Then there are the "reassuring" comments, from the misinformed: "MS - isn't that what Stephen Hawking's got?", to the clumsy "Why don't you talk to my mum's friend - she's got MS and she was fine for years. She's in a wheelchair now, but I'm sure you'll be OK".

But most of all, living with MS means learning to cope with uncertainty and fear, with the knowledge that today's tingling leg might become tomorrow's lower body paralysis, or that next time my eye goes blurry, I might not regain "normal" (with contact lenses) vision.

Trying to describe the symptoms and sensations of MS is a real test of verbal dexterity and vocabulary, ie frustrating. It's like being a child with a pain - you know it hurts but you can't explain how. The best I've come up with is to think of my MS as my own, internal theme park.

There's "The Tickler": sometimes, if I bend my head forward, I'll feel a tingling sensation from my bottom down to my feet. (This one usually happens when I go from the cold into a warm room.) There's the "Black Hole", when a fog will form over one of my eyes, and - the most disconcerting of all - "Bigfoot", when it feels as if my lower body is encased in a plaster cast.

Ironically, I spent the summer of 1997 looking like an extra from Spiceworld: The Movie. I found that platform trainers were the ideal footwear to absorb the impact of a hard pavement. I only hope that if I ever have another relapse, they'll be back in fashion.

MS is, by its nature, a condition which isolates. There may be 85,000 people in the UK with MS, but not one of them has the same disease. Nobody else has exactly the same symptoms as you, with the same severity, or in the same order. It's scant comfort, but when a neurologist hands you the diagnosis, they also give you free membership to an exclusive club: the MS community. Discovering this has made having MS a much less isolating experience.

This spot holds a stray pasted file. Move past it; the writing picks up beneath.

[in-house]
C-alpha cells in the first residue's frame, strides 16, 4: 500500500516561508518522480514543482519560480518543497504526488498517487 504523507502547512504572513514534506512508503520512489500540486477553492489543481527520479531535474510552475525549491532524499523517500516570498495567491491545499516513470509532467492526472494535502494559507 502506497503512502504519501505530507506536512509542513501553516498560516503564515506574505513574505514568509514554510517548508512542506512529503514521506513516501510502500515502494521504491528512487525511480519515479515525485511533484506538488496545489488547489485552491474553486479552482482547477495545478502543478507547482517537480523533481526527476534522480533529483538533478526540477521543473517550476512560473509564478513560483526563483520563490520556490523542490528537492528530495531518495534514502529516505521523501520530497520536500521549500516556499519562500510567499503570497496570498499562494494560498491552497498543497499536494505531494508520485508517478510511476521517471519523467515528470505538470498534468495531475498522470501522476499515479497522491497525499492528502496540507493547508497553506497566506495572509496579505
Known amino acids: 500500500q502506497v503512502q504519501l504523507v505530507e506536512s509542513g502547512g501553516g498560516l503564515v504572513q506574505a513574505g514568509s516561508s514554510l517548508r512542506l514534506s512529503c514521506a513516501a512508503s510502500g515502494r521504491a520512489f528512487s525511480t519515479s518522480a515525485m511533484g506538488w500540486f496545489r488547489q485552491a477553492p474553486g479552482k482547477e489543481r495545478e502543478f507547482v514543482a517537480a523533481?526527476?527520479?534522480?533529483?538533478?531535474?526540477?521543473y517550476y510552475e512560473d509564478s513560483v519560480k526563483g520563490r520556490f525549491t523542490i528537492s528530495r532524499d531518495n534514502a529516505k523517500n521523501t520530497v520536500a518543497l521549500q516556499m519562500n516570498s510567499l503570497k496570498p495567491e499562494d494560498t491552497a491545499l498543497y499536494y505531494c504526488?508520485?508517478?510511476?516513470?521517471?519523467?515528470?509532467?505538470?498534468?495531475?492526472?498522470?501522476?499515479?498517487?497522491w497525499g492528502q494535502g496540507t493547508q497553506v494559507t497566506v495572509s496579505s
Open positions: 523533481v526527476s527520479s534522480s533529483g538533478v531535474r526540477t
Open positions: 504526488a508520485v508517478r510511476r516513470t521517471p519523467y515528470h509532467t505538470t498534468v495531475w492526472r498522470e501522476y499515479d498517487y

Voices
Homeless Veterans charity auction: Cook with Angela Hartnett and Neil Borthwick at Merchants Tavern
charity appealTime is running out to secure your favourite lot as our auction closes at 2pm tomorrow
Arts and Entertainment
J Jefferson Farjeon at home in 1953
booksBooksellers say readers are turning away from modern thrillers and back to golden age of crime writing
Sport
Amir Khan is engaged in a broader battle than attempting to win a fight with Floyd Mayweather
boxing Exclusive: Amir Khan reveals plans to travel to Pakistan
News
Stacey Dooley was the only woman to be nominated in last month’s Grierson awards
mediaClare Balding and Davina McCall among those overlooked for Grierson awards
PROMOTED VIDEO
Have you tried new the Independent Digital Edition apps?
Life and Style
ebookNow available in paperback
Life and Style
ebooksA superb mix of recipes serving up the freshest of local produce in a delicious range of styles
Voices
Joseph Kynaston Reeves arguing with Russell Brand outside the RBS’s London offices on Friday
voicesDJ Taylor: The great tradition of St Paul and Zola reached its nadir with a worker's rant to Russell Brand
News
Twitchers see things differently, depending on their gender
scienceNew study shows that birdwatching men have a lot in common with their feathered friends...
News
i100
Arts and Entertainment
Caroline Flack became the tenth winner of Strictly Come Dancing
tvReview: 'Absolutely phenomenal' Xtra Factor presenter wins Strictly Come Dancing final
Life and Style
A still from the 1939 film version of Margaret Mitchell's 'Gone with the Wind'
life
News
Xander van der Burgt, at the Royal Botanic Gardens, Kew
scienceA Kew Gardens botanist has found 25 new large tree species - and he's sure there are more out there
Arts and Entertainment
British actor Idris Elba is also a DJ and rapper who played Ibiza last summer
film
Latest stories from i100
Have you tried new the Independent Digital Edition apps?
Independent Dating
and  

By clicking 'Search' you
are agreeing to our
Terms of Use.

ES Rentals

    iJobs Job Widget
    iJobs General

    Recruitment Genius: Finance Director

    £65000 - £80000 per annum: Recruitment Genius: Finance Director required to jo...